How do chickens sleep, and where, and for how long?

Plenty of sleep will keep your birds fit and healthy, so let’s learn about the bedtime routine of chickens!

How Do Chickens Sleep

Chickens sleep by sitting on a raised perch or roost, staying securely in place using a tendon-locking mechanism that helps them grip the roosting bar with their toes.

Do Chickens Sleep?

Like the vast majority of animals, chickens need to sleep every day. In fact, their sleep pattern is very like humans, as they sleep mostly through the darkness of night.

Sleeping is an essential part of life for chickens. Enough sleep enables them to conserve energy whilst replenishing the body’s stores of essential nutrients.

A good night’s sleep helps both the mind and body recover, preparing your chickens for the day ahead.

Without adequate levels of sleep, a chicken would become very sick indeed. Sleep deprivation can lead to reduced immunity and serious health problems in chickens.

So, the best way to keep your chickens healthy is to provide them with the perfect conditions for a good night’s sleep.

Fun fact: not only do chickens sleep, but experts believe that they may also dream!

Dreaming occurs during a type of deep sleep called rapid eye movement (REM) sleep. Studies have shown that chickens experience this type of sleep, but unfortunately, we don’t yet know what they dream about.

How Do Chickens Sleep?


Chickens sleep perched on a roost at night. They sit down on the roost, with their toes locked in position to hold them securely in place.

The natural instinct of chickens is to roost at night – this means they jump or fly up onto a higher object where they will sleep.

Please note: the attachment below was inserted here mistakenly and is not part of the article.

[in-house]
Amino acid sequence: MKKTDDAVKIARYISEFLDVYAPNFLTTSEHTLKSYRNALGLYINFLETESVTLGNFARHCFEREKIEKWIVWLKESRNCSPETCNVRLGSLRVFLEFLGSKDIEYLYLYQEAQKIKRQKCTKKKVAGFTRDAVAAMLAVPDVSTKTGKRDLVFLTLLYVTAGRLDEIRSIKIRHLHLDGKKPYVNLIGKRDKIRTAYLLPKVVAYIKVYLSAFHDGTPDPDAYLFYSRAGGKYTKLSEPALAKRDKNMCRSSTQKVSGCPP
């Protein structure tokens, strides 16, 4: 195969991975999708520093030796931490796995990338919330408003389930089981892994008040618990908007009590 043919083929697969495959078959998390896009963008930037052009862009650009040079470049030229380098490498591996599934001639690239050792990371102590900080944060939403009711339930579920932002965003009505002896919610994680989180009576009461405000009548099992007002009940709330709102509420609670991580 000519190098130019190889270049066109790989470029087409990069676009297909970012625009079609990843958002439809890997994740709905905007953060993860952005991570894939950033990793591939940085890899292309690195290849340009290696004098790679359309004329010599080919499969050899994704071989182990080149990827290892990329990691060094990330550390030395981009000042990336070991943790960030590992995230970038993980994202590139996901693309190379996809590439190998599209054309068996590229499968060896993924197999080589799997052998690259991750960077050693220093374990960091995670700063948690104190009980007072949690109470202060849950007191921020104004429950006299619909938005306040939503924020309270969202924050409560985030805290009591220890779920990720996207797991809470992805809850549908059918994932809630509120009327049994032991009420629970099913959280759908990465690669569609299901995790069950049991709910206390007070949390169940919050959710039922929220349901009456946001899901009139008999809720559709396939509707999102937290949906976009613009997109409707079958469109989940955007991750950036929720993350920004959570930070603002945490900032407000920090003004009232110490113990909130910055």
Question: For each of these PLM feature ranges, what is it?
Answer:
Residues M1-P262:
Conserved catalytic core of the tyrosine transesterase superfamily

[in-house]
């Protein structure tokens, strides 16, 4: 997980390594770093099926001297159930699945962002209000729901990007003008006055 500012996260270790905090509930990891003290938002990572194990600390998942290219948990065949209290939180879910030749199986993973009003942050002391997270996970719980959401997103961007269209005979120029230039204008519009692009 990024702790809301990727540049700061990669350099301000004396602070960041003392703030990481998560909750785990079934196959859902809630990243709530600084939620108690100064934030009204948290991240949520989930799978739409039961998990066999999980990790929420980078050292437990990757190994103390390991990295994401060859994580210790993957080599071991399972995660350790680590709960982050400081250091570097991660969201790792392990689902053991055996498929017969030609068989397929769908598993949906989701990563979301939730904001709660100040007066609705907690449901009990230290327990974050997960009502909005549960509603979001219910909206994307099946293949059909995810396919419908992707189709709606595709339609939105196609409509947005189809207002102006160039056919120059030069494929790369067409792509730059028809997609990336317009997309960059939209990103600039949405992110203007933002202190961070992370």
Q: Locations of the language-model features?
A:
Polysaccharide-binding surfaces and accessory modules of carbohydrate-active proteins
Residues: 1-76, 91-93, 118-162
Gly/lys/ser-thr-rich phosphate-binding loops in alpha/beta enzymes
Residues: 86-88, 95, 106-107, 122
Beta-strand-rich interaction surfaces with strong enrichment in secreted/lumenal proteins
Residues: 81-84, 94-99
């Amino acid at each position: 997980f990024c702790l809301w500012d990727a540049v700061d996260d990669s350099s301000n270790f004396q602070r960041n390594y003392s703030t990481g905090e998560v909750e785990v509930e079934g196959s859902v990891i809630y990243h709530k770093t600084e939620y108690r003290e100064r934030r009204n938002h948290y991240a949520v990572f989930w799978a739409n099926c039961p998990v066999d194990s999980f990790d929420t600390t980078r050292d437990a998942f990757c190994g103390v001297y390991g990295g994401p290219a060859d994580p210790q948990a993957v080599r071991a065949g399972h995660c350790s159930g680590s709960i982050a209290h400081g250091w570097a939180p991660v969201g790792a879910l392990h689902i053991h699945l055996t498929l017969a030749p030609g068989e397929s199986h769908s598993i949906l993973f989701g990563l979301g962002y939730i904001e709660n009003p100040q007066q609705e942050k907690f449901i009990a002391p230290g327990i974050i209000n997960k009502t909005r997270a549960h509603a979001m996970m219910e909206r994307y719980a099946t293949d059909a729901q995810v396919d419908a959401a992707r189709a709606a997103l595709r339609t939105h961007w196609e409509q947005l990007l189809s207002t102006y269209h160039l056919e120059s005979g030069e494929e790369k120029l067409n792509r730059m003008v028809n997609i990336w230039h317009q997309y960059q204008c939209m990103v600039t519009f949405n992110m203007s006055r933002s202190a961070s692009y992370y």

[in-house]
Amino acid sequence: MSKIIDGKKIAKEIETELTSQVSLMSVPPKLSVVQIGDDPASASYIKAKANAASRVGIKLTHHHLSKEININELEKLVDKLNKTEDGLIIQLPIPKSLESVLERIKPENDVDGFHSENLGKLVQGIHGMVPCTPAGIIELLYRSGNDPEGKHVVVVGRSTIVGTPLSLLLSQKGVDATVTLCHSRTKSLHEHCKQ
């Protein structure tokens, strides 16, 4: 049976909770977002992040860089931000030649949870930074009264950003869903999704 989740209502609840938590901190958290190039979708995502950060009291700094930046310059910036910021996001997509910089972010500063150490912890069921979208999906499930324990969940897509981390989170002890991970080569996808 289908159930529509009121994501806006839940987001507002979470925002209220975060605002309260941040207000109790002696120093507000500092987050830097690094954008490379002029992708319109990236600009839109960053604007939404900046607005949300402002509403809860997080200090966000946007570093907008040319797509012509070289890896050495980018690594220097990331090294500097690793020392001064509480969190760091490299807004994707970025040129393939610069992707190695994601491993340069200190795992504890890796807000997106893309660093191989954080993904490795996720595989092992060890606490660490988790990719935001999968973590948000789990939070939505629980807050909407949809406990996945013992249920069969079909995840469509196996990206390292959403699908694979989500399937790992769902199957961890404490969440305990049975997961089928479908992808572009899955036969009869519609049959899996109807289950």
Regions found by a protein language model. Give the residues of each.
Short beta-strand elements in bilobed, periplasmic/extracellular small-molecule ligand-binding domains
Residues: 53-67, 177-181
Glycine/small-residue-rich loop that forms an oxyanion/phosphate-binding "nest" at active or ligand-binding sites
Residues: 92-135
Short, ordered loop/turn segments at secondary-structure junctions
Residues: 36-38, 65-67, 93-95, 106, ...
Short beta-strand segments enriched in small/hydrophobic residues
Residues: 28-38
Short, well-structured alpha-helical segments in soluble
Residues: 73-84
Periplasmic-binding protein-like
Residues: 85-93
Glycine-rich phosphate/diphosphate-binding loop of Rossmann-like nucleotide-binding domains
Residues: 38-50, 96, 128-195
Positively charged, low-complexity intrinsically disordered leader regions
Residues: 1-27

The reason for roosting is that nighttime is a dangerous time for a chicken. They cannot see well in the dark and are at the greatest risk of predator attacks during this time.

Sleeping in an elevated position, high above the ground, makes a sleeping chicken harder for a predator to find. In the wild, a chicken would fly up into the branches of a tree to roost at night.

In domesticated chickens, the desire to roost remains, even though we keep them in enclosures that protect them from predators. This means that chickens still need a suitable place to roost and sleep at night.

If a suitable roosting spot is not available, chickens can and will sleep on the floor, normally by nestling into a comfortable bed of hay or woodshavings.

Many chicken owners successfully keep chickens in this way, but studies have shown that chickens that do not roost at night are at a higher risk of various health problems. In some countries, it is a mandatory part of animal welfare regulations to provide chickens with a suitable place to roost.

Chickens that sleep on the floor of the coop will inhale dust and spores from the bedding, increasing the risk of respiratory problems. Chickens that perch at night are less likely to suffer from foot and leg problems, and roosting behavior also reduces the risk of bullying in your flock.

Another good reason for sleeping in an elevated position is that chickens pass droppings as they sleep. Chickens that sleep on the floor can end up with soiled feathers and sore skin if the coop is not kept clean and free from droppings.

One time you may come across a chicken that sleeps on the ground is when a hen goes broody. At this time, she needs to spend all her time sitting on her clutch of eggs to keep them warm, so she will give up her place on the roost and sleep in the nesting box instead.

Do Chickens Sleep Standing Up?

chicken sleep

While chickens do sleep in an upright position on a perch or roost, they are not exactly standing up. But if this is the case, how do they stay balanced on the roosting bars while they are asleep?

Chickens have an incredibly clever tendon-locking mechanism in their legs. This holds the bird securely in place on the roost, even when they are fast asleep.

If you ever watch a chicken getting comfortable for the night, it will fly or jump onto the perch, then gently sit down. As the legs bend, the tendons in the toes contract, curling them downwards around the perch.

So, as long as the chicken stays sat down, the toes will remain tightly gripped onto the perch. Clever stuff!

chicken sleep standing up

Fun Fact: During the day, certain chickens may sleep standing up when they are tired, more precisely referred to as taking a brief nap.

Where Do Chickens Sleep?

The position of chickens on the roost is key when it comes to their social behavior and hierarchy.

The dominant hen and the rooster will occupy the best positions on the roost, normally at the highest spot. The remaining hens will jostle for positions closest to these two top birds.